Until March 21, blue will mean stop and yellow will mean go for property owners in Greater Clark County Schools’ tax district.

The petition drive to determine the future of Greater Clark’s building project has finished its first week with seemingly strong support for the plan.

About 400 pro-project petitions forms were logged out as of Friday afternoon from the Clark County Auditor’s Office, Auditor Barbara Bratcher Haas said. About 70 anti-project petitions were logged out.

Greater Clark property owners who support the projects should sign yellow petitions. Those who oppose the project should sign blue petitions.

“It’s been very orderly so far,” Haas said.

The petitions, prescribed by state statute, must be picked up at the auditor’s office. Only petitions from the auditor’s office can be counted in the final tally that will determine the project’s future.

The auditor’s office is open from 8:30 a.m. to 4:30 p.m. Monday through Friday. It is on the first floor of the City-County Building on Court Avenue in Jeffersonville.

Each petition — with 25 spots for signatures — is numbered, Haas said. The petitions must be logged out with a date and time through the auditor’s office.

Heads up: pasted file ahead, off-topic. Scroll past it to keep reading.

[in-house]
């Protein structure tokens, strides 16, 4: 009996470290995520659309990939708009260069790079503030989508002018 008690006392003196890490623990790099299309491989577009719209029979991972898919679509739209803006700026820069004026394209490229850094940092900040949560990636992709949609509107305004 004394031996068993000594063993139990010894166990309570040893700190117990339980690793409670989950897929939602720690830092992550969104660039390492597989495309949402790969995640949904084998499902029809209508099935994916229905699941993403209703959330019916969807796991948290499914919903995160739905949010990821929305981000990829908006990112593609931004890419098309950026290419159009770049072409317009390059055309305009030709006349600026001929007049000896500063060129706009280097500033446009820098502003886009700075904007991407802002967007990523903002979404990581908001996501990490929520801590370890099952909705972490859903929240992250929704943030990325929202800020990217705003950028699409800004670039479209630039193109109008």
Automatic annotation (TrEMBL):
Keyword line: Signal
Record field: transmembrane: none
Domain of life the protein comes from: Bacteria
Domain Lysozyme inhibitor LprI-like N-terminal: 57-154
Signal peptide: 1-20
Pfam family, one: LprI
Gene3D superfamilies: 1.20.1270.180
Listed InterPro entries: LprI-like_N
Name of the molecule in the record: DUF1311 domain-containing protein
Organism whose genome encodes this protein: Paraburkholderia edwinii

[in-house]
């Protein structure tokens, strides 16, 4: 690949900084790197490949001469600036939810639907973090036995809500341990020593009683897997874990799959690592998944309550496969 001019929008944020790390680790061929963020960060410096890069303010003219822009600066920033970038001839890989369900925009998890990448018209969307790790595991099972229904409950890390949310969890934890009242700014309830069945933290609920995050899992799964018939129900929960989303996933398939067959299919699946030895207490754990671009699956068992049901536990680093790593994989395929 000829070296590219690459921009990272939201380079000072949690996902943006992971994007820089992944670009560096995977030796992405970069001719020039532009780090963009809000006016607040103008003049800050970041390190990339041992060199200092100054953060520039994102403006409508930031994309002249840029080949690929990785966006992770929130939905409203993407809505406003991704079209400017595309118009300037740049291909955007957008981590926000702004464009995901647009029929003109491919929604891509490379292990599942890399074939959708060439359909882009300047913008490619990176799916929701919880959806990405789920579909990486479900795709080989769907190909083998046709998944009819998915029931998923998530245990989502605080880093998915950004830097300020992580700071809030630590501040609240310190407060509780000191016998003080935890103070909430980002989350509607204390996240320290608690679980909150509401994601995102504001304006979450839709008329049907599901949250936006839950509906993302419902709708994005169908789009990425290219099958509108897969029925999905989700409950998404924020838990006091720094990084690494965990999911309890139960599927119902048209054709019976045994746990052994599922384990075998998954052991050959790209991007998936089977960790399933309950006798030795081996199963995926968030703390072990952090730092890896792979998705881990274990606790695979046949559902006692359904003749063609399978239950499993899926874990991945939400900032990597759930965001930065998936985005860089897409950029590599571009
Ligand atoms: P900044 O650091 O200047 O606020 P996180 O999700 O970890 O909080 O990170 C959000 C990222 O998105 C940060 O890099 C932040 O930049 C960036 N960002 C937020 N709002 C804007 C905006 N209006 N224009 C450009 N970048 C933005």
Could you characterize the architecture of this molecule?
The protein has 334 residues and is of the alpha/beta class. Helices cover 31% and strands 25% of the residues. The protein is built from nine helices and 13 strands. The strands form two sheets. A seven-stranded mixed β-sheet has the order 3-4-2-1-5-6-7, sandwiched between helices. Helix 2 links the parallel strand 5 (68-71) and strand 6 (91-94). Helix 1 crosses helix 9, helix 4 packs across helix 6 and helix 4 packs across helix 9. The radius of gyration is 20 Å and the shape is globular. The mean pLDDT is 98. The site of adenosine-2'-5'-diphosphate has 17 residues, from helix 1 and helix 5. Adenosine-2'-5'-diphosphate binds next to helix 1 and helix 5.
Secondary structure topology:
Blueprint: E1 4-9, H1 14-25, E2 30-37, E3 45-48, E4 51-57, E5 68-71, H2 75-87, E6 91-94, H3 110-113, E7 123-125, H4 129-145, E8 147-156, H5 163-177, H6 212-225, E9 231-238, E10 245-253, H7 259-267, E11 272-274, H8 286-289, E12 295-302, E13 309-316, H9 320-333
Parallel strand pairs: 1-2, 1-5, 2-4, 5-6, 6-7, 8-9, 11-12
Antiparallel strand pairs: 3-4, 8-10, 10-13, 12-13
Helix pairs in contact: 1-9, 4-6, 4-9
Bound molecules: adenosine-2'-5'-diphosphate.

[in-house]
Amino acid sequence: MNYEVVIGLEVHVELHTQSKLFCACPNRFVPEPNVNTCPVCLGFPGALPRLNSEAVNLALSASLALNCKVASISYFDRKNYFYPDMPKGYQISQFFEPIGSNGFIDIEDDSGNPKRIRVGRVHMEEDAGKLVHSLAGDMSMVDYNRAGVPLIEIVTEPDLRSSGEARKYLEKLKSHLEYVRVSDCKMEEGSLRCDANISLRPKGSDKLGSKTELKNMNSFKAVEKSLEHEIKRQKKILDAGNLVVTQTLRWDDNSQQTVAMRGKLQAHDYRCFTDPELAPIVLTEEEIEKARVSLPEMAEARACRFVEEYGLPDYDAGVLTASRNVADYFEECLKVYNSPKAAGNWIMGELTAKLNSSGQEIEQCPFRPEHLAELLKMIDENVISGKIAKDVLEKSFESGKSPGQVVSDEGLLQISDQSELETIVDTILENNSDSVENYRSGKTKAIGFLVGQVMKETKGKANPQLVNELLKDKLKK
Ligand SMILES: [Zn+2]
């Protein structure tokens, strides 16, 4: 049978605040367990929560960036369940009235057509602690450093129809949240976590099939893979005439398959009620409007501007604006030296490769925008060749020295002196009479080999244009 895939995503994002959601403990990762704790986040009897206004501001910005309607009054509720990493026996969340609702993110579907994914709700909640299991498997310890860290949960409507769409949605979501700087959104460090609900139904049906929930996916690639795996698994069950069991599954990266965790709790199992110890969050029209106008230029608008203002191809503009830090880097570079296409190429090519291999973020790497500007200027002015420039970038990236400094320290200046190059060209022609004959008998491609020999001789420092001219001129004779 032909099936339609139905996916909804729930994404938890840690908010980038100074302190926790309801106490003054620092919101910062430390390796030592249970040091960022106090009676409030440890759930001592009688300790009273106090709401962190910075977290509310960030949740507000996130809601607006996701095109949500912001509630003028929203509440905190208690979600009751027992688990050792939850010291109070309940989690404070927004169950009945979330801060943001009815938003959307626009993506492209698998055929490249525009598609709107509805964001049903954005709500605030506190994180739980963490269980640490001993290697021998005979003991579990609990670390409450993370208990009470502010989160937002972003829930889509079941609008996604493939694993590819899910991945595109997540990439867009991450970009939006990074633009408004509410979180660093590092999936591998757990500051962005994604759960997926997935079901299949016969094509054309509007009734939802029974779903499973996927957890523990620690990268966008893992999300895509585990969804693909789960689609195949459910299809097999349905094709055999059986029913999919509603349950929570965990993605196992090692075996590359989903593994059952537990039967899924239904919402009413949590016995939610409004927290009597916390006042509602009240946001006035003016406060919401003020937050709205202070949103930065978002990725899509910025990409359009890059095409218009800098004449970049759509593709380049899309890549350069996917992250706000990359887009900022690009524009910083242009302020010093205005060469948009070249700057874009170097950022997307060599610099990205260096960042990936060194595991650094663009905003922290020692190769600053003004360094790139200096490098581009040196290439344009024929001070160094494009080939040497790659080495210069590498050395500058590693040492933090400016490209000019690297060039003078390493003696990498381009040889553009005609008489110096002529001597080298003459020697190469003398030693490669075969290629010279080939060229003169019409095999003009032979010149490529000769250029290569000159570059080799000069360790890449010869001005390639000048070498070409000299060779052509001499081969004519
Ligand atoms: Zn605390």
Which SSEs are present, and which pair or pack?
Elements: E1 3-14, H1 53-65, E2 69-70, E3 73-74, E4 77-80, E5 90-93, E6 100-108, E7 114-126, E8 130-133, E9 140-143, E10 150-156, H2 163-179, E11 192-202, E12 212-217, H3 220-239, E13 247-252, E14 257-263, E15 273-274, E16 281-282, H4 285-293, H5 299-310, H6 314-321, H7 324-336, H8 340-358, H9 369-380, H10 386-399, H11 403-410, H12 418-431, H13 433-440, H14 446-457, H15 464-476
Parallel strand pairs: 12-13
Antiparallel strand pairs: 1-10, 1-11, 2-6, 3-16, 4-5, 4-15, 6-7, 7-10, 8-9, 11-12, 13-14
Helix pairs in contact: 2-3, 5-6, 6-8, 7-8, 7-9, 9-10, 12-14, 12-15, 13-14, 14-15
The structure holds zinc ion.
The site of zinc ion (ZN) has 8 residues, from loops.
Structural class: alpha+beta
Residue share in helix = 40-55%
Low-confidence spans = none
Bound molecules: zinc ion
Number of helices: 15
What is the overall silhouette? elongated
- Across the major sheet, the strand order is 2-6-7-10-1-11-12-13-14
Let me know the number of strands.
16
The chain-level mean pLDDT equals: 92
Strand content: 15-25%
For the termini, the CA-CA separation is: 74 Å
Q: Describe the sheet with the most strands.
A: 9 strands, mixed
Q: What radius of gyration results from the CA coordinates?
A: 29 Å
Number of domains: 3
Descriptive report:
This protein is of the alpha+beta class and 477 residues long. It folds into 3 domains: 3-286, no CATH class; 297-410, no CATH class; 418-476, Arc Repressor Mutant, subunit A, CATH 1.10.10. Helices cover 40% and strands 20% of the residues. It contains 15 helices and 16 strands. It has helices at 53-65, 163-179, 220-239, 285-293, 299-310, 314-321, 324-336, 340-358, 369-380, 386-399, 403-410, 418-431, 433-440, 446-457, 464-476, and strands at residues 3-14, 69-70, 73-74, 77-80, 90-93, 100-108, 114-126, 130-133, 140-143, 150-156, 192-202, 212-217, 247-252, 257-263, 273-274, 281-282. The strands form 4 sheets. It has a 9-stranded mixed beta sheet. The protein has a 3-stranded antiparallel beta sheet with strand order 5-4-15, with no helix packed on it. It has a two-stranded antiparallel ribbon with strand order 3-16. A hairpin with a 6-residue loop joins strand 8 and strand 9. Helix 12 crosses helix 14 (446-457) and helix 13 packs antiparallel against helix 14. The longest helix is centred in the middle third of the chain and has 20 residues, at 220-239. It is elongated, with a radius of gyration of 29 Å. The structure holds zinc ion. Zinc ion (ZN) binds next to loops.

Haas’ office must verify the signers are property owners in Greater Clark’s tax district.

The Greater Clark project would rebuild Charlestown High School on a different site and renovate Jeffersonville High School and New Washington Middle/High School.

The plan would cost as much as $100 million.

It could increase property taxes per assessed $100 by about 16 cents, according to information provided last month by the school corporation.

School trustees in January reduced the maximum cost from $165 million after community members led by Kim Matthews collected the mandated 100 property owner signatures to begin the remonstrance process.

Matthews and most of his supports favor the reduced project.

Still, some Greater Clark district residents oppose the plan because of its affects on property taxes.

Throughout Clark County, homes have blue yards signs opposing the project and yellow yard signs favoring the project.

The remonstrance process allows community members to protest a major capital project through a petition drive of property owners.

Project supporters and opponents collect signatures on the mandated petitions for 30 days.

Greater Clark’s remonstrance process began Tuesday.

If supporters collect the most signatures, the project proceeds through the planning process and onto the Indiana Department for Local Government Finance for its review. If the opponents collect the most signatures, the project halts for a year.

The petitions must be returned to auditor’s office by 4:30 p.m. on March 21.

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